On 4 September 2018, a group of national research funding organisations, with the support of the European Commission and the European Research Council (ERC), announced the launch of cOAlition S, an initiative to make full and immediate Open Access to research publications a reality. It is built around Plan S, which consists of one target and 10 principles (Science Europe, 2019). Such target is that:
“By 2020 scientific publications that result from research funded by public grants provided by participating national and European research councils and funding bodies, must be published in compliant Open Access Journals or on compliant Open Access Platforms. “
Meanwhile in another region of the world AmeliCA was brewing, the extension of REDALYC’s philosophy, knowledge and technology to the Global South (Becerril-Garcia & Aguado-Lopez, 2018). Supported by UNESCOAmeliCA is a multi-institutional community-driven initiative that arises in response to the international, regional, national and institutional Open Access contexts, which looks for a collaborative, sustainable, protected and non-commercial solution for Open Knowledge in Latin America and the Global South (AmeliCA, 2018). This institution of Commons was launched at CLACSO’s conference on November 21, 2018, at the “UNESCO Special Forum: Democratization of academic knowledge. The challenges for open access to knowledge.“
We must first say that both initiatives—Plan S and AmeliCA—share the same target: to make Open Access a reality. However, Plan S and AmeliCA are two very different visions and conceptualizations regarding the circulation of scientific knowledge. What is their main difference? Notwithstanding they arose almost simultaneously and with the same goal, some of their proposed strategies are counterposed, how can it be?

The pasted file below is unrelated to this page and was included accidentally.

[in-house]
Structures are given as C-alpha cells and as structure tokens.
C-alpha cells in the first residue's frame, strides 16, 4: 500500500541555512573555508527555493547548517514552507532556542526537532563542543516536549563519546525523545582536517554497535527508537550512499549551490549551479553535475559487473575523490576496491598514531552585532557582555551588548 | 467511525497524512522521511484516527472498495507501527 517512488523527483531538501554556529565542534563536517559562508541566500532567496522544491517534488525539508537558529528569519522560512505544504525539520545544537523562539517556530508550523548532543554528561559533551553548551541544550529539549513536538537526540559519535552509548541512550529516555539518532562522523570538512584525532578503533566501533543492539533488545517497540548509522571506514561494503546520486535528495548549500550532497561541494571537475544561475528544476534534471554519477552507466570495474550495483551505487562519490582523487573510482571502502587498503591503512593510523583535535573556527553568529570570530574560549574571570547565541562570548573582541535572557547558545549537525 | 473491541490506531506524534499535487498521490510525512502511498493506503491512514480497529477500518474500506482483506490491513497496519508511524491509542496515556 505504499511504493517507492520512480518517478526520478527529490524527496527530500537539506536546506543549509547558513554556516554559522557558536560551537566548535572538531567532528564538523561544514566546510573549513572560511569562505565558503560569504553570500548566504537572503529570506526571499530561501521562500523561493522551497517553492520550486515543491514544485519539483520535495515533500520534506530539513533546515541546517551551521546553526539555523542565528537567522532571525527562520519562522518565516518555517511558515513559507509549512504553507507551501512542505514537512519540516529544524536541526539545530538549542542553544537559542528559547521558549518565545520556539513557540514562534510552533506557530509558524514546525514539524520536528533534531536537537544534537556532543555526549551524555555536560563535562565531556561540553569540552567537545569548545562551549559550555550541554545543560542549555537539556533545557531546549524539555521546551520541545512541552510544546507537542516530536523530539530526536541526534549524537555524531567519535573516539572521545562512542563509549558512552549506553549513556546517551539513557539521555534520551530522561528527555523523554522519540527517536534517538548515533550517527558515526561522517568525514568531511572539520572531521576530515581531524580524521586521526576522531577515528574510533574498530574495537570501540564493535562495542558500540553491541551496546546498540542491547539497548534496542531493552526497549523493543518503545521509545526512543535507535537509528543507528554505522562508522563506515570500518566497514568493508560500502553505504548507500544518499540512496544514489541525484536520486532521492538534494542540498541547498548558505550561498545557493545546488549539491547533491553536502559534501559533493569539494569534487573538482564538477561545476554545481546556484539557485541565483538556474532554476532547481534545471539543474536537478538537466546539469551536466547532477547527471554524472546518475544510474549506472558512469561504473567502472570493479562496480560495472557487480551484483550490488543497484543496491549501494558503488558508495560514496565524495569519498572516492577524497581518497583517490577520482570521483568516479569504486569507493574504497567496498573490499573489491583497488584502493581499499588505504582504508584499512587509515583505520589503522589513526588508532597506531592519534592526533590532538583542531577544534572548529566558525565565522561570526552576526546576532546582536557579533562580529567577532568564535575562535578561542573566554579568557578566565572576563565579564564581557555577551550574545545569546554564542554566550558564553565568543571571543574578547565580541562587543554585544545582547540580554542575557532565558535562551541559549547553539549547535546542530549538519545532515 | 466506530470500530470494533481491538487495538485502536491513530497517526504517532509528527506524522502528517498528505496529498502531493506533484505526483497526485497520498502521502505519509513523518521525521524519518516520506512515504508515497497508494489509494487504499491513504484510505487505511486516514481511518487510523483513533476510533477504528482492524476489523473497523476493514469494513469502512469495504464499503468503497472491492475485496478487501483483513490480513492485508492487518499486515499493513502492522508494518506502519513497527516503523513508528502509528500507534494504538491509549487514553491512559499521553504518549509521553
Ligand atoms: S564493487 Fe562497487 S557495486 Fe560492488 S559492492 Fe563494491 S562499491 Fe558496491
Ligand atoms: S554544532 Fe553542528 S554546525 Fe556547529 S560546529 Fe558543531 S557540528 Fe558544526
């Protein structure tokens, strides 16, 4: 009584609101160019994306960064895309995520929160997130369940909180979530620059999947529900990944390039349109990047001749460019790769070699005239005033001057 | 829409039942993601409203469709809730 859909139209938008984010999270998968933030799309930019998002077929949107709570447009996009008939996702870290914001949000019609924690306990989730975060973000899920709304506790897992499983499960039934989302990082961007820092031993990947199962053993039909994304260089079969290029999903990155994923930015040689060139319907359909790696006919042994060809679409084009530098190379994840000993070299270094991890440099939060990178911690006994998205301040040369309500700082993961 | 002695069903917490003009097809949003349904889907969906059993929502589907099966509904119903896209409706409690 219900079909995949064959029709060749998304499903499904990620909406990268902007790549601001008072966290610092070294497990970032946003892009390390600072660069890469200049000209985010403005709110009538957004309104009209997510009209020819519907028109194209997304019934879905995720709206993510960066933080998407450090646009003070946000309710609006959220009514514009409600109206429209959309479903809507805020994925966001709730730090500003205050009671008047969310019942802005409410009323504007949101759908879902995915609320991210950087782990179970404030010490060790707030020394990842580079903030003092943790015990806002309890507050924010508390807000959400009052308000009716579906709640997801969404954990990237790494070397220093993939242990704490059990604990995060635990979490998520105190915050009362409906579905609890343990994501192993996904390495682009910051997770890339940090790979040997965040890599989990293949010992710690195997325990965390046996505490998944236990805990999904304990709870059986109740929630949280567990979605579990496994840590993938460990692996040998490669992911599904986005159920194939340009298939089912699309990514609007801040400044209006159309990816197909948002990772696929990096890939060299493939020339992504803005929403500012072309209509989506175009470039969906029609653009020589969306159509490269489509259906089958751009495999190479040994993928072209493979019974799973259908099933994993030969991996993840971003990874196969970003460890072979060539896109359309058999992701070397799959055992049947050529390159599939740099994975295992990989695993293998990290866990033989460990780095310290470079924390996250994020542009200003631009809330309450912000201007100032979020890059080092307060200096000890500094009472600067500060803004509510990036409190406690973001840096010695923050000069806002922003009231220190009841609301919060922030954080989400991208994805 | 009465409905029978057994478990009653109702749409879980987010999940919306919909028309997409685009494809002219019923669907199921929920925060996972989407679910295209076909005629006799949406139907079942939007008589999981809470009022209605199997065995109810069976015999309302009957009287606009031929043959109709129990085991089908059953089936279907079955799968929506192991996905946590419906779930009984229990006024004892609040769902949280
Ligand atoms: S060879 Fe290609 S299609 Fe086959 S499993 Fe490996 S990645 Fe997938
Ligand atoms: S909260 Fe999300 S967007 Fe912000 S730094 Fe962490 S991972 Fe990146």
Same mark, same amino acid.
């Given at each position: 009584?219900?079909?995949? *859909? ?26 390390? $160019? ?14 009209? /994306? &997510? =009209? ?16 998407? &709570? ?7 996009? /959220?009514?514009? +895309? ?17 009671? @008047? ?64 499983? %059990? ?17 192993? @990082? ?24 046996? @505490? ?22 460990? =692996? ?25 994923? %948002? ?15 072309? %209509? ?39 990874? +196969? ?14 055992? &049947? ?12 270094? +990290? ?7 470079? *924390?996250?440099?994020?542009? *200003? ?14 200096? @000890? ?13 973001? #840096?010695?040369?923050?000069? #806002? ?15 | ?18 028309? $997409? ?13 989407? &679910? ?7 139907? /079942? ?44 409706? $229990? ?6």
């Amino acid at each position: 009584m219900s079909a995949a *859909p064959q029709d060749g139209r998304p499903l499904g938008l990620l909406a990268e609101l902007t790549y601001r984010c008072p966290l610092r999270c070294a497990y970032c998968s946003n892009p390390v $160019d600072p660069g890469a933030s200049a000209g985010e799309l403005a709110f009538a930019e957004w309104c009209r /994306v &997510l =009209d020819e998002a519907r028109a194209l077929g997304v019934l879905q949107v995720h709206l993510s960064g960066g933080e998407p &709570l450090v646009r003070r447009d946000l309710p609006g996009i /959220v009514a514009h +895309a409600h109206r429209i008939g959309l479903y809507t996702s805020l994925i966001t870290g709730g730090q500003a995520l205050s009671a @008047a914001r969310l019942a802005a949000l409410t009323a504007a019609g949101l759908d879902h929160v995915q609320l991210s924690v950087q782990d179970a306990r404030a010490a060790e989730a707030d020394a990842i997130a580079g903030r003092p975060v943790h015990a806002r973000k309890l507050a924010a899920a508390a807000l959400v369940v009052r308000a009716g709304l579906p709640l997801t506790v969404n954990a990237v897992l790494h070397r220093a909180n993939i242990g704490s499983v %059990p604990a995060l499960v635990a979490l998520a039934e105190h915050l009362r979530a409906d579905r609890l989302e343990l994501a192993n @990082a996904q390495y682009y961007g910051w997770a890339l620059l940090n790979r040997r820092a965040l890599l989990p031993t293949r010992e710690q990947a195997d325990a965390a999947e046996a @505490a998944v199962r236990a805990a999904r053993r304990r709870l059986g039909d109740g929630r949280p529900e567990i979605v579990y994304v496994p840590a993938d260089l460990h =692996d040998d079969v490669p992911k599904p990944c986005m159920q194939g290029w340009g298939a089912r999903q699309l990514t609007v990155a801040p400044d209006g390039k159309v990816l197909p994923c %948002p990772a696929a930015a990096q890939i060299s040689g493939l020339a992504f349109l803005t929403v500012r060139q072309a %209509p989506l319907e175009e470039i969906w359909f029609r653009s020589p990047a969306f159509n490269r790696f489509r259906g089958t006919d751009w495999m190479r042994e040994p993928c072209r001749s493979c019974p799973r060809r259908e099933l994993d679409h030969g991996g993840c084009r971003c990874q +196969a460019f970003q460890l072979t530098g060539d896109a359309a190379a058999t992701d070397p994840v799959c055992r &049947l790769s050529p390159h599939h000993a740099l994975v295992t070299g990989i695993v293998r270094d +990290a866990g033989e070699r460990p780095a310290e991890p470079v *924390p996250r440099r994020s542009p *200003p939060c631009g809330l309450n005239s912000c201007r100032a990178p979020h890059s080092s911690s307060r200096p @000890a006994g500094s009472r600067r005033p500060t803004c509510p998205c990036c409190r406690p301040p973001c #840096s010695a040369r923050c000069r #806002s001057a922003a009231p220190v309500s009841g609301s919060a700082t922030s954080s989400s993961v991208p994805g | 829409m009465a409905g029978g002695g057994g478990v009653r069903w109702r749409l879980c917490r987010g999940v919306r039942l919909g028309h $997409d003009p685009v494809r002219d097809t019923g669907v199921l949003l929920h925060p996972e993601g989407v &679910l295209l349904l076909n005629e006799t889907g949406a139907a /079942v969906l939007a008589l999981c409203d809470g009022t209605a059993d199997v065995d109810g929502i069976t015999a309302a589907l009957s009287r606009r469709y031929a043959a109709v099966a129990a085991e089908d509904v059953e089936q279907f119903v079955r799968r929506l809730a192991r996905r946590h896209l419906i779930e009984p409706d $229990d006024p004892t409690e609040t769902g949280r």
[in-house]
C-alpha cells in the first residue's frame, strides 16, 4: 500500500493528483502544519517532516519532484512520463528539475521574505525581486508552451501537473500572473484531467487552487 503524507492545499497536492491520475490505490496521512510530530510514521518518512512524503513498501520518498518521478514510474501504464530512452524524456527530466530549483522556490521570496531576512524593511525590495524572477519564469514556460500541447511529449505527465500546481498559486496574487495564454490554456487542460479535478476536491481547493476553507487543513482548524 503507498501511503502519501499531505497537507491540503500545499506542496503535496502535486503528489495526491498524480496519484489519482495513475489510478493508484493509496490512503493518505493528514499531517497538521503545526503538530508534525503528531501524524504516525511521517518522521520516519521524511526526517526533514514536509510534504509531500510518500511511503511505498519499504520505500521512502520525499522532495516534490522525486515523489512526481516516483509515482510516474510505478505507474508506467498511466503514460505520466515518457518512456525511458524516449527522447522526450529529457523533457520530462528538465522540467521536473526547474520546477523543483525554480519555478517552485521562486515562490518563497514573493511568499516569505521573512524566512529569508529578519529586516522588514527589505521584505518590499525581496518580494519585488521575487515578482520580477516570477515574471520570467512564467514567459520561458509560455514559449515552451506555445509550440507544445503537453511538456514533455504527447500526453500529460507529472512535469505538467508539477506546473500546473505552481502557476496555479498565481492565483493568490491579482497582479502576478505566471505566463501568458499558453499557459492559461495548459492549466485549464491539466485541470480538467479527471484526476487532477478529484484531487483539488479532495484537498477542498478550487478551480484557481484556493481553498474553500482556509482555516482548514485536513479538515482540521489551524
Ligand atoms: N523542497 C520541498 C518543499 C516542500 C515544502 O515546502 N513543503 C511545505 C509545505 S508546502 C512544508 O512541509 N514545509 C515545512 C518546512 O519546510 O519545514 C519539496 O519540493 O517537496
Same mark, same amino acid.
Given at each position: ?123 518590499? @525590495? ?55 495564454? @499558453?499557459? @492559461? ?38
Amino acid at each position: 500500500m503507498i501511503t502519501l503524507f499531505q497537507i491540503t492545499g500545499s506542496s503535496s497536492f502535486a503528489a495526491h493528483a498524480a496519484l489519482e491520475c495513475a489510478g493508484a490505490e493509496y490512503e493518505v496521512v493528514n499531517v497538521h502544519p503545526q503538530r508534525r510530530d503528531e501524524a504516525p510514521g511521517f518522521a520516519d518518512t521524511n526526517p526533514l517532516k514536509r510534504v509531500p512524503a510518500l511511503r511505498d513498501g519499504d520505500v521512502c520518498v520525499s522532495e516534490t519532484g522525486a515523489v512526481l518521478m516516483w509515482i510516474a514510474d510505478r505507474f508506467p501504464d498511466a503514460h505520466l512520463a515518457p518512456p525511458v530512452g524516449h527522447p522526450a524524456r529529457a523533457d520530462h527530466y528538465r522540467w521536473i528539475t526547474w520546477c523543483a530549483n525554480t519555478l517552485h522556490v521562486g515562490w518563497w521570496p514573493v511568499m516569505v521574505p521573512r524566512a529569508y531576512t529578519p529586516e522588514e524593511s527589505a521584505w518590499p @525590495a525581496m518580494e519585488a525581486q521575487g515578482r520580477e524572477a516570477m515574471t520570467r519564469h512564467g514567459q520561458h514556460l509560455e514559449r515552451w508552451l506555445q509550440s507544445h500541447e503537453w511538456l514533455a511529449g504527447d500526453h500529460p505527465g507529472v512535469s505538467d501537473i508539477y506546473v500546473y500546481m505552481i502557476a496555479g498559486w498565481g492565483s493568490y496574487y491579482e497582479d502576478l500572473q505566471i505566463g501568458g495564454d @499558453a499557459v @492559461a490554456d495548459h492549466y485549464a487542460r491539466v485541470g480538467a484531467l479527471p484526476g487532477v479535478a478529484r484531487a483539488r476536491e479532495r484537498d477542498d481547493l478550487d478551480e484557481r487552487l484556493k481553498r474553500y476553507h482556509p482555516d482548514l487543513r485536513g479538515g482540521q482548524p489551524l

It is necessary to explain a little bit about the history, culture and regional idiosyncrasies. Latin America has created and maintains a non-commercial structure where scientific publication belongs to academic institutions and not to large publishers. Each institution is part of an informal cooperative that has never been explicit; each institution finances journals with its own members, and then that content is available through Open Access to other institutions. Within this ecosystem, interoperability, visibility, and more recently, international standards, technology and innovation needs are covered by platforms such as CLACSO, Latindex, Redalyc, among others. This means that everyone gets the benefit of everyone’s investment. This kind of informal cooperation has worked even before Open Access obtained its official name from the Budapest Declaration.